Gas Boiler Low Limit Setting

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Old 02-08-13, 09:36 AM
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Gas Boiler Low Limit Setting

Hello: Greetings to all.

A situation just came up. My gas boiler Olsen ODV-B 125 is not keeping sufficient heat to the second floor. It has cold cycles between firing ups. When off, water temperature is at around 90 degrees F. PSI is ok at around 12. See Link. Thermostat is mounted on the main floor hall way at 70 degrees F.

TempPSI Photo by james-1618 | Photobucket

I didn’t know about the second floor issue earlier. My son lives there. The second floor was said to be at frequent more or less 60 degrees F. He has to use baseboard heater to supplement.

I like to tweak the Honeywell aquastat (# 8 - aq02201); see link, to maintain a water temperature (low limit) at around 140 degrees F.

PipingControl Photo by james-1618 | Photobucket

It is “control L4080B” (bottom right) connected by two blue wires as appeared in wiring schematic. See link.

BoilerElectricSchematic Photo by james-1618 | Photobucket

Upon opening the aquastat, I can not find the low limit setting. I also opened the boiler to inspect the connections as per wiring diagram. See link.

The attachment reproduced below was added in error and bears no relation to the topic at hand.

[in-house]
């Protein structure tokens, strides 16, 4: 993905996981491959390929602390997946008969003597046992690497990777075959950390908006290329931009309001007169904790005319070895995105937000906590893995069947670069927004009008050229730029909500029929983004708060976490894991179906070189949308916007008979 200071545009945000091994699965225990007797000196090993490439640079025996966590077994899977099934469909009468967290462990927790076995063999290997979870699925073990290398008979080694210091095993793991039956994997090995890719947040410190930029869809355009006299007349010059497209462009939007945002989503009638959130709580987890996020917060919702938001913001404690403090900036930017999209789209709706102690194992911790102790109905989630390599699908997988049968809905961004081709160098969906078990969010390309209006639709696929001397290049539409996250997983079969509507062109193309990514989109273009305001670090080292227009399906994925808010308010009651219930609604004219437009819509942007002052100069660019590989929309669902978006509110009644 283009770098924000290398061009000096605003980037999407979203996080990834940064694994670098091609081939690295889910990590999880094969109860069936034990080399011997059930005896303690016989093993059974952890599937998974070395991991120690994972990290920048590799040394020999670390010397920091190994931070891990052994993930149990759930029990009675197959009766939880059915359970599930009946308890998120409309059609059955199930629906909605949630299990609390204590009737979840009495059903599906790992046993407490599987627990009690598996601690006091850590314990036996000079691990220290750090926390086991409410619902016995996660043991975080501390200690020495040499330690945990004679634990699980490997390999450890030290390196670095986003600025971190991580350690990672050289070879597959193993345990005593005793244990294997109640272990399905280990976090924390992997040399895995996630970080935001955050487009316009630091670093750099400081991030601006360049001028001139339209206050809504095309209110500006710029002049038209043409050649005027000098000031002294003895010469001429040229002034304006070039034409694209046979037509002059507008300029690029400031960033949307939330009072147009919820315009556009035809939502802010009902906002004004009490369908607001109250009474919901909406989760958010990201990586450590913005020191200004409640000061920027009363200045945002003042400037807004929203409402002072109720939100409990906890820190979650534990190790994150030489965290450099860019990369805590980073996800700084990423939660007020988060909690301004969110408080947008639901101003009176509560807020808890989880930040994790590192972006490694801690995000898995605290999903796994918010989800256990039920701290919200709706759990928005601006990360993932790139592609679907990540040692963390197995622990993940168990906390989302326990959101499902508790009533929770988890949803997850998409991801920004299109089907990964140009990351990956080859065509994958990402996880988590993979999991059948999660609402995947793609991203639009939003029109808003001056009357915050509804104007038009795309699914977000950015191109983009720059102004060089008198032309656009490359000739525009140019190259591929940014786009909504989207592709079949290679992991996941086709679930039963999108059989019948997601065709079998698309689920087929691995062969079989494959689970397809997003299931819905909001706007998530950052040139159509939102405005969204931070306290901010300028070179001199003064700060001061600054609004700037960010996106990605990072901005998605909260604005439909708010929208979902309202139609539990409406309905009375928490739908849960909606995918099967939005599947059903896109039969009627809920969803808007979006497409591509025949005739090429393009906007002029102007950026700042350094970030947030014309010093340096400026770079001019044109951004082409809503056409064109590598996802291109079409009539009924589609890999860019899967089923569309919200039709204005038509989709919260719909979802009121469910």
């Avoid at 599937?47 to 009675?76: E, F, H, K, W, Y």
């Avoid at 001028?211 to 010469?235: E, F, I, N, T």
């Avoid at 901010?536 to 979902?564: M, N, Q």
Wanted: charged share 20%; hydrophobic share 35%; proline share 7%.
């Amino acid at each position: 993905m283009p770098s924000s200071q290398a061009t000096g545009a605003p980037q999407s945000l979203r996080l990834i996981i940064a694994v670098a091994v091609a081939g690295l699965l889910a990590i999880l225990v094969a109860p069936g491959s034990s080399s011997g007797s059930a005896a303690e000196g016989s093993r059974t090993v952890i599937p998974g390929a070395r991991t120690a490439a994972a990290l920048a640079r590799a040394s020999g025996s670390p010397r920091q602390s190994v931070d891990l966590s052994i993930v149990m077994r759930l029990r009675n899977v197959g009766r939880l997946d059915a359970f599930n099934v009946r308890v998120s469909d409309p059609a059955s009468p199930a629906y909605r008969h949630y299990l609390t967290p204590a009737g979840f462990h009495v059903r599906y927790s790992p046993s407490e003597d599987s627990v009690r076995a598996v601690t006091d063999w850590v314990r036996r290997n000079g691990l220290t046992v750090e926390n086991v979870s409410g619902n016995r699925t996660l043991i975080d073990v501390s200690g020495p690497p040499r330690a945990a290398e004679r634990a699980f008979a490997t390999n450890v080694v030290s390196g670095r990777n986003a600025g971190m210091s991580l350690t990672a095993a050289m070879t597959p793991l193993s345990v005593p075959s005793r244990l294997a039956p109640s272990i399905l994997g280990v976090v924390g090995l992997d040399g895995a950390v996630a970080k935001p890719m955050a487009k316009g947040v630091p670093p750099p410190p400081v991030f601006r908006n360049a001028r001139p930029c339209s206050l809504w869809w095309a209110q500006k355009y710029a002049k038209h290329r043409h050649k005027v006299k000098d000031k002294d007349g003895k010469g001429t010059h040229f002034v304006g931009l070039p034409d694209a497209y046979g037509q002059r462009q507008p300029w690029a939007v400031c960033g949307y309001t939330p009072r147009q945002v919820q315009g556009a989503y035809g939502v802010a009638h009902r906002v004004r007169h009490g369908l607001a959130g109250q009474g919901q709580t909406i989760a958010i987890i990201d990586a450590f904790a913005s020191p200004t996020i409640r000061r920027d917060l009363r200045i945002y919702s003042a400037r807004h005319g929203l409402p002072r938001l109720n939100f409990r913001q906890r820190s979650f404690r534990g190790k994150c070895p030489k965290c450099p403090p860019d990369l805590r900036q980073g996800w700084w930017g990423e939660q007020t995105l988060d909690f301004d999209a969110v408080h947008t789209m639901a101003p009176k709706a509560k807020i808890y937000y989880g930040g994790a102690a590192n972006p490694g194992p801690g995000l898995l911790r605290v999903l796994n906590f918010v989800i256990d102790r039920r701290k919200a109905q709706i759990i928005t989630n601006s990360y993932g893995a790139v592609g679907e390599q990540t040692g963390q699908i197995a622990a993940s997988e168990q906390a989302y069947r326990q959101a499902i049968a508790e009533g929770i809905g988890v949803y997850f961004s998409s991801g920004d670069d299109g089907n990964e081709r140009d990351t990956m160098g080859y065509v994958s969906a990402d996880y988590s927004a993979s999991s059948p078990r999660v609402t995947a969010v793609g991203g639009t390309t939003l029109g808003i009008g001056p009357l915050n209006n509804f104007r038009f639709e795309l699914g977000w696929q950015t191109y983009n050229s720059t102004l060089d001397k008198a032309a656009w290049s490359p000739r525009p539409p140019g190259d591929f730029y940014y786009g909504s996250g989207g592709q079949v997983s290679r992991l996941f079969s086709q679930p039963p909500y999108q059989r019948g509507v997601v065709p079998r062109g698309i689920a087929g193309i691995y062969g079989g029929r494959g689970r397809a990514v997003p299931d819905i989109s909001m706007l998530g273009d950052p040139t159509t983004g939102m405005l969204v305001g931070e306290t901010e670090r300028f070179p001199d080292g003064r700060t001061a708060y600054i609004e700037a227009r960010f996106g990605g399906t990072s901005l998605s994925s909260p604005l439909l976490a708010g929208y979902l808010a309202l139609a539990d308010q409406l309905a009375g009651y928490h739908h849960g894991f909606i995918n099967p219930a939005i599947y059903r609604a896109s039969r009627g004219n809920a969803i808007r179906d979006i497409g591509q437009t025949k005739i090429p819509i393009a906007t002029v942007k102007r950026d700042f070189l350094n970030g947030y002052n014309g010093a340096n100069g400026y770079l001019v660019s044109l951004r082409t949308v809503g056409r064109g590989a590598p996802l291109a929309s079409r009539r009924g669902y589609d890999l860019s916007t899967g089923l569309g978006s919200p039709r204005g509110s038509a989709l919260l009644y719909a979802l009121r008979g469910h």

AquastatOpened Photo by james-1618 | Photobucket
BoilerWiring Photo by james-1618 | Photobucket

There is no low limit provision with this aquastat nor did it mention in the boiler manual low limit information. According to the manual, this boiler is factory pre-wired for easy installation. The installer basically just needed to hook up the thermostat and hydro.

How does this boiler control the low limit setting? Could I maintain a 140 degree F between firing ups? Or is it designed to have a free fall on temperature (in my case to 80/90 degrees F)?

Thank you.
 
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Old 02-08-13, 10:11 AM
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James I feel that you are not approaching the issue correctly.

There is no provision on that boiler for 'warm start'.

Modifying to controls to cause the boiler to function as warm start would likely NOT solve the problem of the cool upstairs and would only succeed in wasting fuel.

In order to correct a problem, one must first understand the 'root cause' of the problem and work toward solving that root cause.

I know that the gauge is telling you that you have 12 PSI when the boiler is cold, but is the gauge ACCURATE? You don't know. If the gauge is reading a few PSI on the high side, you could have low pressure and this would easily be the reason for no heat on second floor.

Is there possibly an air blockage in the pipes on the second floor? This would cause low or no flow, and cold rooms.

It is highly likely that converting to a warm start boiler will do nothing but waste fuel.
 
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Old 02-08-13, 06:31 PM